The maze like world of QAnon, where we’re at on climate change and views on British class identity

It has been an interesting couple of weeks with the fallout that accompanied the departure of Donald Trump and on a more personal note, my return to work coming back from furlough. Find below some of the stories that caught my eye, with lively coverage of QAnon, some guarded optimism on climate change and insights on how British see their own social class among other stories.

The debacle that was the storming of the U.S. Senate has left many of us thinking how could this happen. Kevin Roose interviews “QAnon meme queen” Valerie Gilbert, giving a more personal take on how people can fall down this particular rabbit hole:

What attracts Ms. Gilbert and many other people to QAnon isn’t just the content of the conspiracy theory itself. It’s the community and sense of mission it provides. New QAnon believers are invited to chat rooms and group texts, and their posts are showered with likes and retweets. They make friends, and are told that they are not lonely Facebook addicts squinting at zoomed-in paparazzi photos, but patriots gathering “intel” for a righteous revolution.

David Gilbert on the other hand looks at how we can help family and friends step outside the maze of QAnon:

It’s not a one-time interaction process; it has to be incremental over time,” Hasan said. “That’s why family members and friends are the best agents to effect change over time, because they can also say, ‘Hey, I grew up with you, we used to play basketball together. Do you remember?’ That brings up warm feelings and your real self, not your cult self.

Facebook, Twitter and YouTube have begun to engage more actively with content moderation on their platforms – something which has came to the fore with the storming of the United States Senate recently. Alex Kantrowitz looks at how newer platforms to content moderation such as Substack, Spotify and Clubhouse are engaging with the subject:  

Though the big social networks have been the main focus in the debate over how — and whether — online platforms should moderate user content, the fight is migrating toward smaller platforms devoid of rollicking social feeds. They include email providers like Substack, podcast platforms like Spotify (hello Joe Rogan), and nascent startups like Clubhouse.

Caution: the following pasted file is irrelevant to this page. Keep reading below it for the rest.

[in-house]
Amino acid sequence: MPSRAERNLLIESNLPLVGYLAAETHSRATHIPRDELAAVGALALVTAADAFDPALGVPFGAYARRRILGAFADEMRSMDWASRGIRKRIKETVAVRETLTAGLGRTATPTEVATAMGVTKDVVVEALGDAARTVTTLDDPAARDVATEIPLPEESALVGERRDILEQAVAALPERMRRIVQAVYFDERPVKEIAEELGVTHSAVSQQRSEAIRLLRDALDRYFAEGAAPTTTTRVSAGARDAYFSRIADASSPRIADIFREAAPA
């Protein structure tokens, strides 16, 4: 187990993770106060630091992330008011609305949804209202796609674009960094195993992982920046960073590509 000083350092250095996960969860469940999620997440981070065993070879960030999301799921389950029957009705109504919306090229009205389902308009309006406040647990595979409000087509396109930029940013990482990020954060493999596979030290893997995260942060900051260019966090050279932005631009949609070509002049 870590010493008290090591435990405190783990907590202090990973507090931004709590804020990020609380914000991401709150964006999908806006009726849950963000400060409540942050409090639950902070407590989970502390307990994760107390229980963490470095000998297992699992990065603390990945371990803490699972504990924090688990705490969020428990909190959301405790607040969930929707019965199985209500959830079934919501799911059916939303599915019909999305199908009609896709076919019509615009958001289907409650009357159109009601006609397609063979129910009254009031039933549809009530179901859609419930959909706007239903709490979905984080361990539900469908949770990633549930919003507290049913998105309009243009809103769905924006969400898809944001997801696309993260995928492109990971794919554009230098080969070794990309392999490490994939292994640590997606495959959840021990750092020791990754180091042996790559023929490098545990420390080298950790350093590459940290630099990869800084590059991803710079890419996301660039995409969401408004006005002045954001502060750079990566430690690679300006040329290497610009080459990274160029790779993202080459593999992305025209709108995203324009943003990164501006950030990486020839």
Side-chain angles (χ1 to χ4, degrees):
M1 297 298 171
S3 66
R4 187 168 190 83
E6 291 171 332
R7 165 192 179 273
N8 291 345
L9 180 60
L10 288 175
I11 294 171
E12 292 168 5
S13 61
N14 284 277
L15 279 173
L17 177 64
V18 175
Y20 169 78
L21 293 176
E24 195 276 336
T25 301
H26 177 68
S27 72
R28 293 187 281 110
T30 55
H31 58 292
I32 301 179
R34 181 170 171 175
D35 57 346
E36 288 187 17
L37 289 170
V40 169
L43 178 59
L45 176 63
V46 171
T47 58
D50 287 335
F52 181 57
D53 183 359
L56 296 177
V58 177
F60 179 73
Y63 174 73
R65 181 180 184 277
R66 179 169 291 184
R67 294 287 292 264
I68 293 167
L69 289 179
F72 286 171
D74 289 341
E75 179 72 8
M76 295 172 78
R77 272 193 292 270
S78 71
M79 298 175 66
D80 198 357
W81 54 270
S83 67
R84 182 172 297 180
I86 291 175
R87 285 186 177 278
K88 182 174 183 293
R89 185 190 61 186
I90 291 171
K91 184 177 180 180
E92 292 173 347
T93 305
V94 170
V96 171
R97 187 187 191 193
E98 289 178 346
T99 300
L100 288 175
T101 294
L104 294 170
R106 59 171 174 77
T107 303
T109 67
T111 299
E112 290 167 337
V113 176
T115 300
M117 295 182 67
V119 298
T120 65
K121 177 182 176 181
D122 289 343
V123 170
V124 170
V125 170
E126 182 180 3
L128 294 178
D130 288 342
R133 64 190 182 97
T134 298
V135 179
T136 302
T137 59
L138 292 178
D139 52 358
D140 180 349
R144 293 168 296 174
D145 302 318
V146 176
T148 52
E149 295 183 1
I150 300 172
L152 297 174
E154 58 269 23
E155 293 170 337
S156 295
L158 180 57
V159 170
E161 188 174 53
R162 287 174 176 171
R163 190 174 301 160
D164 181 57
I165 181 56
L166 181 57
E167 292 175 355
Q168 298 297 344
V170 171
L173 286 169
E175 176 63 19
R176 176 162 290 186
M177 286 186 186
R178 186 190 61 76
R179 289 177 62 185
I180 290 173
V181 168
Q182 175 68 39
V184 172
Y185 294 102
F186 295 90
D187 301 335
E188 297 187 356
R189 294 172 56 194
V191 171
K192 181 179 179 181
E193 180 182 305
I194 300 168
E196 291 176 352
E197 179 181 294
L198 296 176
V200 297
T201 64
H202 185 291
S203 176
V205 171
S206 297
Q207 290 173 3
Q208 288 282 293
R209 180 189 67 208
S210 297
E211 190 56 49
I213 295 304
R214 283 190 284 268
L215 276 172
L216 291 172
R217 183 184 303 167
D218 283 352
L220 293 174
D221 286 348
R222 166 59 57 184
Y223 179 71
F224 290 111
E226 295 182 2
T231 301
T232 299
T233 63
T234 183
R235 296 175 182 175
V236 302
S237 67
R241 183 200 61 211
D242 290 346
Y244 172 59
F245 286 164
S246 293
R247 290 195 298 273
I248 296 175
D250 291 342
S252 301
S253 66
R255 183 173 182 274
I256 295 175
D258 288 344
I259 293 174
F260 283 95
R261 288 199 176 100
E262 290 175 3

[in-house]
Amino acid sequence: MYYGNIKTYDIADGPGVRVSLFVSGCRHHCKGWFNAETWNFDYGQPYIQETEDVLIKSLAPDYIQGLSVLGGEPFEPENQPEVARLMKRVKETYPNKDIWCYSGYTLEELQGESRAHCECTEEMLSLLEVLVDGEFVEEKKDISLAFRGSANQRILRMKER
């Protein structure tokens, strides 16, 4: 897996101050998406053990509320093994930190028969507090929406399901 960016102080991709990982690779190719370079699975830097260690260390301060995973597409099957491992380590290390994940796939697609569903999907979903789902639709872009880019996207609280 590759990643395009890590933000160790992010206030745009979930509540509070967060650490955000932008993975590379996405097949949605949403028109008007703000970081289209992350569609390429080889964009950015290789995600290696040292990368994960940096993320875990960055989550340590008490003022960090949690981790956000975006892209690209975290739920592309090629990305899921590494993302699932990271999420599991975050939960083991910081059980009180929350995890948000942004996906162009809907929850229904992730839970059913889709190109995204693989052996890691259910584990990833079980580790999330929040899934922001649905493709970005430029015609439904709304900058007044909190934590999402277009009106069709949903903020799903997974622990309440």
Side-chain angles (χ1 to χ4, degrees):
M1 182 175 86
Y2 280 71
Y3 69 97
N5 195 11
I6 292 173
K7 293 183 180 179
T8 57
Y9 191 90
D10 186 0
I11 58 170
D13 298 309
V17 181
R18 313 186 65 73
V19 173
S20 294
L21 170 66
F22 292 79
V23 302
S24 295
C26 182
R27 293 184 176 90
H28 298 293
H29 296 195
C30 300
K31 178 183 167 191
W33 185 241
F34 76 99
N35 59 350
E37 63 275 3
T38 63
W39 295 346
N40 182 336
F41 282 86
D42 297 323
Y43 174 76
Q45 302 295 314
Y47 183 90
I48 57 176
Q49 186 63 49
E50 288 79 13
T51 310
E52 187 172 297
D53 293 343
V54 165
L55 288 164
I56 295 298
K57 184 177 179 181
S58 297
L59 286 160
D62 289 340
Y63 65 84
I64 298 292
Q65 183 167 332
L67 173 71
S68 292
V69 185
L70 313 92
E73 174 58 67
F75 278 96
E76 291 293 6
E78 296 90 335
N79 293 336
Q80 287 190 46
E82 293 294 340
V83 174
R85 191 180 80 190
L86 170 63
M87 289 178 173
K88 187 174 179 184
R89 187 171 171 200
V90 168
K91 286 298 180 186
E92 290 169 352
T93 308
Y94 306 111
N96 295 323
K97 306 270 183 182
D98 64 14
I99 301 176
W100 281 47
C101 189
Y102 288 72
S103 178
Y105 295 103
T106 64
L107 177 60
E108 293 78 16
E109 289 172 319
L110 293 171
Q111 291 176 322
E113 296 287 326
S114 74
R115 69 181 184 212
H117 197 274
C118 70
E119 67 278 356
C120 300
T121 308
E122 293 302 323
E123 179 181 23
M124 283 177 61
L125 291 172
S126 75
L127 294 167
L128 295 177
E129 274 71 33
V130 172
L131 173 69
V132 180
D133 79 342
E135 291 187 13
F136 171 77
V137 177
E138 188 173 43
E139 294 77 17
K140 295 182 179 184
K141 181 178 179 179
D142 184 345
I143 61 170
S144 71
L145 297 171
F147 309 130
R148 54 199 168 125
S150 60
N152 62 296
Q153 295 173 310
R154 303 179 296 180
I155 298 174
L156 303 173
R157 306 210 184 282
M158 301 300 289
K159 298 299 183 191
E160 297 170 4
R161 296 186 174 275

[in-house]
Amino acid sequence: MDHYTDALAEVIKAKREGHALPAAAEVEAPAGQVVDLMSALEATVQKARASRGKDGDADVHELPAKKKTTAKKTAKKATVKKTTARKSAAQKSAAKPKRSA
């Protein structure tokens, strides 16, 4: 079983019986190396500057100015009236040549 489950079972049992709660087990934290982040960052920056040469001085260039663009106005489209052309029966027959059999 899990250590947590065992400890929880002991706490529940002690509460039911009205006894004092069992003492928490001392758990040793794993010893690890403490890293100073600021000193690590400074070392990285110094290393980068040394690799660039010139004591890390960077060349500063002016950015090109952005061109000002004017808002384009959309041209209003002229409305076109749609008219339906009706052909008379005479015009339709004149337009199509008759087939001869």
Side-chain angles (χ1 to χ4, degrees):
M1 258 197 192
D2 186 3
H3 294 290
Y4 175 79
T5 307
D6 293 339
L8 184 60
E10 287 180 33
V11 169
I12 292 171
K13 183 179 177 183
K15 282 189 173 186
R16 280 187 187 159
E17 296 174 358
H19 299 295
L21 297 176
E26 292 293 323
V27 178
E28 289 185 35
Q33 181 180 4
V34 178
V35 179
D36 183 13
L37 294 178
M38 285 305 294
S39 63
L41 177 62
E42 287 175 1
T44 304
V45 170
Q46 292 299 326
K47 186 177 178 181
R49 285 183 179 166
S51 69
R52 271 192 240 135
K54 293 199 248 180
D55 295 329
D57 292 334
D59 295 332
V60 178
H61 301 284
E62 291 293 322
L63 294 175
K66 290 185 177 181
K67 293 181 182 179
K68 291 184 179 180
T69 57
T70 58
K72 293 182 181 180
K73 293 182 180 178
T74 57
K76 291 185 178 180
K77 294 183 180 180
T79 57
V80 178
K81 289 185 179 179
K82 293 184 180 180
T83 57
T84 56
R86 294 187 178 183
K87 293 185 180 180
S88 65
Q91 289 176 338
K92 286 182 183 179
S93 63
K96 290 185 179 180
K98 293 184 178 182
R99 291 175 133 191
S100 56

The departure of Donald Trump and America’s rejoining of the Paris climate agreement has provides us with some more hope on the subject of climate change. David Wallace-Wells argues we have turned a corner, although we’re still in for bumpy ride:

All year, a planet transformed by the burning of carbon discharged what would have once been called portents of apocalypse. The people of that planet, as a whole, didn’t take much notice — distracted by the pandemic and trained, both by the accumulating toll of recent disasters and the ever-rising volume of climate alarm, to see what might once have looked like brutal ruptures in lived reality instead as logical developments in a known pattern. Our time has been so stuffed with disasters that it was hard to see the arrival of perhaps the unlikeliest prophecy of all: that the plague year may have marked, for climate change, a turning point, and for the better.

The growth of single person households and the relative decline of the traditional nuclear family norm is encouraging suburbs to rethink how they can attract and retain residents. June Williamson and Ellen Dunham-Jones talk about the phenomenon of “suburban retrofitting” in the US:

The suburbs largely sold themselves on the value of the terrific private realm that they present. The suburbs emphasize privacy. As these demographics are changing, there’s more and more people recognizing, “I’m lonely. I would like a little bit more of a public realm.”

Have you got an interesting product idea that you would like to turn into a viable business? Digits to Dollars provide a look at what’s involved in turning an idea into a viable business and it makes you realise why many people choose to stick to purely startups that are all code: